[C]ouncils across Cumbria are being urged not to rush into placing restrictions on second home ownership, as debate around a controversial new scheme in Cornwall escalates.
Commercial property lawyer Lisa Evans, from leading law firm Kirwans, has spoken out following the decision by residents in St Ives, Cornwall, to ban outsiders from buying new-build homes unless they intend to live in them.
St Ives Council held a referendum on its new Neighbourhood Plan in response to the lack of affordable housing in the town, coupled with a surge in holiday homes.
A total of 83% of voters backed the proposals to allow only full-time residents to own new-build properties in St Ives and Carbis Bay.
The move has attracted much interest from some of the country’s most popular holiday regions, but Lisa has warned councils not to follow St Ive’s lead and risk a costly legal battle until it has been determined whether the enactment is even permissible.
Lisa said: “I believe a legal challenge has already been made by a Cornwall-based architect’s firm to establish whether the move is actually legal, and there is talk of developers threatening to stop building local homes in the area, which would render the ban futile.
“While measures clearly need to be taken to help those who are in the desperately sad situation of not being able to afford to start on the property ladder in their home towns, restricting the number of second homeowners in an area is a strategy that needs to be clearly thought through.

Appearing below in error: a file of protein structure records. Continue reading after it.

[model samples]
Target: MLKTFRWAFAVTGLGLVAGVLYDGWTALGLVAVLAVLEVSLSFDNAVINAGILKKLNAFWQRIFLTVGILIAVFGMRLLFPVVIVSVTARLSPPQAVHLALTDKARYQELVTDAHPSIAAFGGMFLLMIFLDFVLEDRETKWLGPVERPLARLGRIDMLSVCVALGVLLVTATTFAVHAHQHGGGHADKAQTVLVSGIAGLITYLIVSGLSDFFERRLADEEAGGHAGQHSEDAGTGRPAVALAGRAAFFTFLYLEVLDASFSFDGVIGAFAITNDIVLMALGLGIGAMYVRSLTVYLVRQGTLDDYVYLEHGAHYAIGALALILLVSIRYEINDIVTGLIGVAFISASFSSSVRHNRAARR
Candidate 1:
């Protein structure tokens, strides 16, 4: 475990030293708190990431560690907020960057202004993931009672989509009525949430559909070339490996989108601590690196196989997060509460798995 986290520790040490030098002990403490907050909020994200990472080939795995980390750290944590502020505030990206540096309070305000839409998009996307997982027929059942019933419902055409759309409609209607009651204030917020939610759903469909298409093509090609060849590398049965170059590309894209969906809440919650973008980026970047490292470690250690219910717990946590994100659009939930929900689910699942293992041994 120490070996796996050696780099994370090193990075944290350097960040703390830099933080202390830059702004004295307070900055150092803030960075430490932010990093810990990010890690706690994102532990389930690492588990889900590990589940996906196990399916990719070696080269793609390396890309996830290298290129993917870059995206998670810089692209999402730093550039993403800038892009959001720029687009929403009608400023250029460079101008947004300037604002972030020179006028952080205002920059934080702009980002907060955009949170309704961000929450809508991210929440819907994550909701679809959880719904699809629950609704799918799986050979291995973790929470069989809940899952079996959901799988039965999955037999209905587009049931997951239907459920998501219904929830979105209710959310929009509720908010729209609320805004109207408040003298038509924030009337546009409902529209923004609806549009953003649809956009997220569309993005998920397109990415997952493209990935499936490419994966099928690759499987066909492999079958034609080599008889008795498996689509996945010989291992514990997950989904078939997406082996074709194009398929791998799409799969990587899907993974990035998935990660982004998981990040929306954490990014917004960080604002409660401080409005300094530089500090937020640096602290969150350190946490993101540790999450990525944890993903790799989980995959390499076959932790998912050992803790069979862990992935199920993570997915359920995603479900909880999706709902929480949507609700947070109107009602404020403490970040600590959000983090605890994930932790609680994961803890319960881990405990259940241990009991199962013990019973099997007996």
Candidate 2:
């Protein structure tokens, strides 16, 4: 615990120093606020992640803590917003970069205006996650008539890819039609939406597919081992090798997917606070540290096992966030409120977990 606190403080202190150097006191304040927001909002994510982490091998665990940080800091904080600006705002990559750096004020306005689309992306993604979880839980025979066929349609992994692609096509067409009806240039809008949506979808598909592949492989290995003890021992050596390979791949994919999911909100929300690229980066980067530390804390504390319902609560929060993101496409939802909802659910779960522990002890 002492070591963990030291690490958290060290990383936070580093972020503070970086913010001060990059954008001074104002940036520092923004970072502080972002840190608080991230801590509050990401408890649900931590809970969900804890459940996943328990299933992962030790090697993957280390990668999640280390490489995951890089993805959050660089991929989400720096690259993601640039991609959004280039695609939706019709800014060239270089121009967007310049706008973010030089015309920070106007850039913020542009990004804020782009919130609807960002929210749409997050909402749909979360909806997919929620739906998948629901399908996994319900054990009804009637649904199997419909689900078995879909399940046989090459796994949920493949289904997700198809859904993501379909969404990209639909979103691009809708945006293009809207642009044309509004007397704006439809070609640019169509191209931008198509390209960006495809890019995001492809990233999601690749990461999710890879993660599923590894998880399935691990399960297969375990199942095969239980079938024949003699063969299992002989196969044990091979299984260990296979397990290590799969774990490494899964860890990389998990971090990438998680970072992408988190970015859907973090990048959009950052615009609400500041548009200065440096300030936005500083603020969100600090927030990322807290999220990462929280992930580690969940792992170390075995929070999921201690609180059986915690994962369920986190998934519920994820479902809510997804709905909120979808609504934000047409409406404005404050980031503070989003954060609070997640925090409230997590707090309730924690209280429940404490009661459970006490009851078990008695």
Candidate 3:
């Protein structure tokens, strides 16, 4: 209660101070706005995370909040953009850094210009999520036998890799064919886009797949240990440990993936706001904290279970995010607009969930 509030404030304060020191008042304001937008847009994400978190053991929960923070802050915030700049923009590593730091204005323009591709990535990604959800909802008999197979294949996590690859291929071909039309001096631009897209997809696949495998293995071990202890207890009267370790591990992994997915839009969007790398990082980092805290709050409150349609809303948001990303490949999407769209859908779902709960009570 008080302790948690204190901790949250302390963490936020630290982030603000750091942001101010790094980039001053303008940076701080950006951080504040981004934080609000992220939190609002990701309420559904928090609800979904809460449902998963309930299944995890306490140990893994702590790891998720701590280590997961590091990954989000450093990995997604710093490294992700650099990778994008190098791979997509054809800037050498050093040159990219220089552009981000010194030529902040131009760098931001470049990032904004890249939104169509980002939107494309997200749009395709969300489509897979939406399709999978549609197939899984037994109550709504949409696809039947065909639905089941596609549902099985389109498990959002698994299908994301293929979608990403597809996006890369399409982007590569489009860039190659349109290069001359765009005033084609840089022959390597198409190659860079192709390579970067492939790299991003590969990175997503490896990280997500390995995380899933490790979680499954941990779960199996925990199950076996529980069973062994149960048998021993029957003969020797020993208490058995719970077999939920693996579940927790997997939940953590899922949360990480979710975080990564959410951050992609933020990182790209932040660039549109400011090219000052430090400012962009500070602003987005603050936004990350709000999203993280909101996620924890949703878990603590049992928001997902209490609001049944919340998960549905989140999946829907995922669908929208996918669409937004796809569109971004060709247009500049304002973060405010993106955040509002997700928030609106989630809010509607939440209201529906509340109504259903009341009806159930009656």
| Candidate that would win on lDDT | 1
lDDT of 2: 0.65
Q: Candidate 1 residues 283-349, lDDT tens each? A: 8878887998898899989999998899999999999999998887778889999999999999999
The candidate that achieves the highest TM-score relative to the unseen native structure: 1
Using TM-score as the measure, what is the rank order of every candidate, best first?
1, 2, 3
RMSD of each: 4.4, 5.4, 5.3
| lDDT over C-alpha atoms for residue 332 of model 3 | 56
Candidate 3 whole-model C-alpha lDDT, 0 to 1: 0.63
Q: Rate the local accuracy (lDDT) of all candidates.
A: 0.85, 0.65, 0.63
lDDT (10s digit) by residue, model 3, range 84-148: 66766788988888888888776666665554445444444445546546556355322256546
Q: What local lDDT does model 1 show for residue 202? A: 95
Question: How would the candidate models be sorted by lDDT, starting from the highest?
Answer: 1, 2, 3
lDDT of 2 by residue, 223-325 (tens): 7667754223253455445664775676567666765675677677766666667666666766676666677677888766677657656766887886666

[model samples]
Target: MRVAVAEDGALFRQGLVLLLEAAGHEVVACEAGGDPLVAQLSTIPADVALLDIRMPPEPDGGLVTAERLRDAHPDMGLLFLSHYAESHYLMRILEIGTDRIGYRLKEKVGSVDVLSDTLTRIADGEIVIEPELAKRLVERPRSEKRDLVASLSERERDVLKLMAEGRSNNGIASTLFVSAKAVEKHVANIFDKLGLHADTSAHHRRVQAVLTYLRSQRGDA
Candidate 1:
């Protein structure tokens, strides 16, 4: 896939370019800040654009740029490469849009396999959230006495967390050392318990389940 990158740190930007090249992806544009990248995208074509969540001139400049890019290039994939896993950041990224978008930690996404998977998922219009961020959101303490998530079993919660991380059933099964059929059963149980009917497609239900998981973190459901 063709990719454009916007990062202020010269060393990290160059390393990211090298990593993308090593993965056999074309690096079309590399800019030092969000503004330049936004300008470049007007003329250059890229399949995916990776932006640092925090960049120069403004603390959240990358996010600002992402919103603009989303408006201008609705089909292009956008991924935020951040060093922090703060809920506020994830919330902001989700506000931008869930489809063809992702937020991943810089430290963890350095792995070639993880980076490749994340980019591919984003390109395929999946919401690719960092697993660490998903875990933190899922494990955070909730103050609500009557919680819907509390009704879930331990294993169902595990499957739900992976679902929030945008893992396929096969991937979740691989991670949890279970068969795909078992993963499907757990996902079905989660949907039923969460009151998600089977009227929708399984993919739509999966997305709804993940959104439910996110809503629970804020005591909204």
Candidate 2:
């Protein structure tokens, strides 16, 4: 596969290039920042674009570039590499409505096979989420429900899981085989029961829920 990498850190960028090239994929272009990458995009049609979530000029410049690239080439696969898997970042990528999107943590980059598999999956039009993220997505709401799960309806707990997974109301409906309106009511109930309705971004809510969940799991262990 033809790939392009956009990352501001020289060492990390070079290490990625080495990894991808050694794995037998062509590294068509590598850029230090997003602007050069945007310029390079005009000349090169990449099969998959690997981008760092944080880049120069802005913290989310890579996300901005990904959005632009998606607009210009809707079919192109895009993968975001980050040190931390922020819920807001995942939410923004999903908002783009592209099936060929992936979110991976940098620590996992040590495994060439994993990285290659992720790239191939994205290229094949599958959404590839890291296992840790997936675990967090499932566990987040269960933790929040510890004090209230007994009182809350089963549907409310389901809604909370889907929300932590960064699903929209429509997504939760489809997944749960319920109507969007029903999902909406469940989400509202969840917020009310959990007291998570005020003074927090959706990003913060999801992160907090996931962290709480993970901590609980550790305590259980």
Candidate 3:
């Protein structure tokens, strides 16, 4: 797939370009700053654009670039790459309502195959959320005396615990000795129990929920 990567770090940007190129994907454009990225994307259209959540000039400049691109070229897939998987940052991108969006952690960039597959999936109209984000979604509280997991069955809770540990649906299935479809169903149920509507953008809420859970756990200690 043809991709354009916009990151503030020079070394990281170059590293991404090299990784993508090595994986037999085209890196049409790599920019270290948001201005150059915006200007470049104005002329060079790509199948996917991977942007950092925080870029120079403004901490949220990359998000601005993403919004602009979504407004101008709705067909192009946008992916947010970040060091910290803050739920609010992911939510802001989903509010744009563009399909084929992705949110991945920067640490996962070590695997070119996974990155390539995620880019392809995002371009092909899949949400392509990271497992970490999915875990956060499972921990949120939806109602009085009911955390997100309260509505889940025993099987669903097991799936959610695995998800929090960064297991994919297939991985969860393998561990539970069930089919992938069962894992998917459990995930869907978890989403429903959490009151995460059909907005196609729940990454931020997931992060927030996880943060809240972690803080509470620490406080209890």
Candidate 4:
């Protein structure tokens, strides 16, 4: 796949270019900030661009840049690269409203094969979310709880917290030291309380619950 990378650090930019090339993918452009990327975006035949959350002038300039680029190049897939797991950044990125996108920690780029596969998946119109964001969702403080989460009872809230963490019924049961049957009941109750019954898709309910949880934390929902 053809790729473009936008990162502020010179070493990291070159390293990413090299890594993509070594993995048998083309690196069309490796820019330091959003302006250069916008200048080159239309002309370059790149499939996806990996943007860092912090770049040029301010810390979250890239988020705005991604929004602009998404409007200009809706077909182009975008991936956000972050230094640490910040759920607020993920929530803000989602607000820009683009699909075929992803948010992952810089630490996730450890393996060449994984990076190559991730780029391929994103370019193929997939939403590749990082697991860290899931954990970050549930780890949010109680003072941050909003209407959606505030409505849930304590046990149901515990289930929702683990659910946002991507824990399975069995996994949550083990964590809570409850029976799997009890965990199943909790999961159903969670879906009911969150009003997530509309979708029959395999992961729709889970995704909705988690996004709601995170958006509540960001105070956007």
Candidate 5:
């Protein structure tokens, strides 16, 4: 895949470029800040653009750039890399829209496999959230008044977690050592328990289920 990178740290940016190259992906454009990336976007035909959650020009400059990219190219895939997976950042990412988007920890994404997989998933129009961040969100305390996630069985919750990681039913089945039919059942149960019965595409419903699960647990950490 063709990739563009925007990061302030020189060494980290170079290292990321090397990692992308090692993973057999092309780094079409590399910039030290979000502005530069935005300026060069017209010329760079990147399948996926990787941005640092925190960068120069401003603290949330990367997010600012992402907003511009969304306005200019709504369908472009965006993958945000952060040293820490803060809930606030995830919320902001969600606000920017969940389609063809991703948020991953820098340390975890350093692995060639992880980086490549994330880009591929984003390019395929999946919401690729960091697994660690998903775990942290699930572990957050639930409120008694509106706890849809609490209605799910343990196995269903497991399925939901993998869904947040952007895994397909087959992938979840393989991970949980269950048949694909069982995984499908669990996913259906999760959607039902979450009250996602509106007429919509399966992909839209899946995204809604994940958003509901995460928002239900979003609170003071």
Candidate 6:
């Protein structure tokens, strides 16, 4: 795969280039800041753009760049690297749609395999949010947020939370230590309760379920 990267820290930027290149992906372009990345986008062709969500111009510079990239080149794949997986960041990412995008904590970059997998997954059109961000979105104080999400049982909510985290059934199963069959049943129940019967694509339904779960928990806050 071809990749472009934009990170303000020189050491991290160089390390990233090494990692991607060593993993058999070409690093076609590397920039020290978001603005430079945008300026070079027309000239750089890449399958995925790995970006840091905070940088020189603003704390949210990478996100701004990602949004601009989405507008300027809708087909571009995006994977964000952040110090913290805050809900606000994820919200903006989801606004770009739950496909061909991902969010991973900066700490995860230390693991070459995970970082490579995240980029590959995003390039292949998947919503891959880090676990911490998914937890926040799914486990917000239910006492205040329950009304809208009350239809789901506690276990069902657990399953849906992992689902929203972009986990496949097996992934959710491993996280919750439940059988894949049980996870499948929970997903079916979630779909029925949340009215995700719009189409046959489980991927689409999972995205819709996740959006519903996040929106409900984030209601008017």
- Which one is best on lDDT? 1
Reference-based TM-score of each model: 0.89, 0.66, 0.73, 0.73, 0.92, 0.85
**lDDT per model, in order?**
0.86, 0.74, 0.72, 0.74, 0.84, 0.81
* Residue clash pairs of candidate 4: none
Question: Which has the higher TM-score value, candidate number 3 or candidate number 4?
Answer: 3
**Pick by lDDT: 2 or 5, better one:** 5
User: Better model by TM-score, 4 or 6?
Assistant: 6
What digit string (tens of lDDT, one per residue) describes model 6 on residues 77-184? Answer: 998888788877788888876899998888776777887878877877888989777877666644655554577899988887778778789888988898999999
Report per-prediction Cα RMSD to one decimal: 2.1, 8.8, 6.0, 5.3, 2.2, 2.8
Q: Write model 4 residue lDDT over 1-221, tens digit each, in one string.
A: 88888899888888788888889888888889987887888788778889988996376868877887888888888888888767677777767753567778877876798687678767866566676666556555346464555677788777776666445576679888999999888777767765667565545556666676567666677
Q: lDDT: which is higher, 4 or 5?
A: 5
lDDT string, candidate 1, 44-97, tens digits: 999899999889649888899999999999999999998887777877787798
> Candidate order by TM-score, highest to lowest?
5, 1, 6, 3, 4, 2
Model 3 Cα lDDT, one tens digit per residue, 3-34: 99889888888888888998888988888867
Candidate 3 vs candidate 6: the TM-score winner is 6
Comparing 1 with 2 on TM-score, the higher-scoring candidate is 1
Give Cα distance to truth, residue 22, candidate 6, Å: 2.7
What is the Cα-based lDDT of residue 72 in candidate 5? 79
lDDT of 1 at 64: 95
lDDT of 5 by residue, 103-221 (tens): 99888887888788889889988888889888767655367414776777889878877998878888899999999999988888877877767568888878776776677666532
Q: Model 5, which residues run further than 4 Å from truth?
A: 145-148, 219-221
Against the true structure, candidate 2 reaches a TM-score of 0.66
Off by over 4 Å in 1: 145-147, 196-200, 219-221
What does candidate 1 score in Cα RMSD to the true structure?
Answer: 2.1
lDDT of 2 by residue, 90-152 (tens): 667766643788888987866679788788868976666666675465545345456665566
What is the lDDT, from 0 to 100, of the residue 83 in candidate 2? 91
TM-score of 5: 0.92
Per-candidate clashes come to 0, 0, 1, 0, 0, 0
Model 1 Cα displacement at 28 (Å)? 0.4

“There are clearly benefits to the scheme, and it could be that this move proves to be the answer for many long-suffering locals, but we must be aware that limiting this type of property owner also limits the amount of investment that they bring with them, which is much needed by the local tourism sector.
“Local councils need to watch and learn from the St Ives case, while looking at initiatives that would see local residents and second-homeowners working together to ensure that communities are not left decimated.”
House prices in the region saw the biggest annual rise since the start of the 2008 financial crisis in the 12 months leading up to March this year, with official Land Registry figures revealing that the average sale price jumped by 5.4%, from £118,210 to £124,631.
The sudden rise was believed to be in part due to the introduction in April of a stamp duty surcharge on second and buy-to-let homes.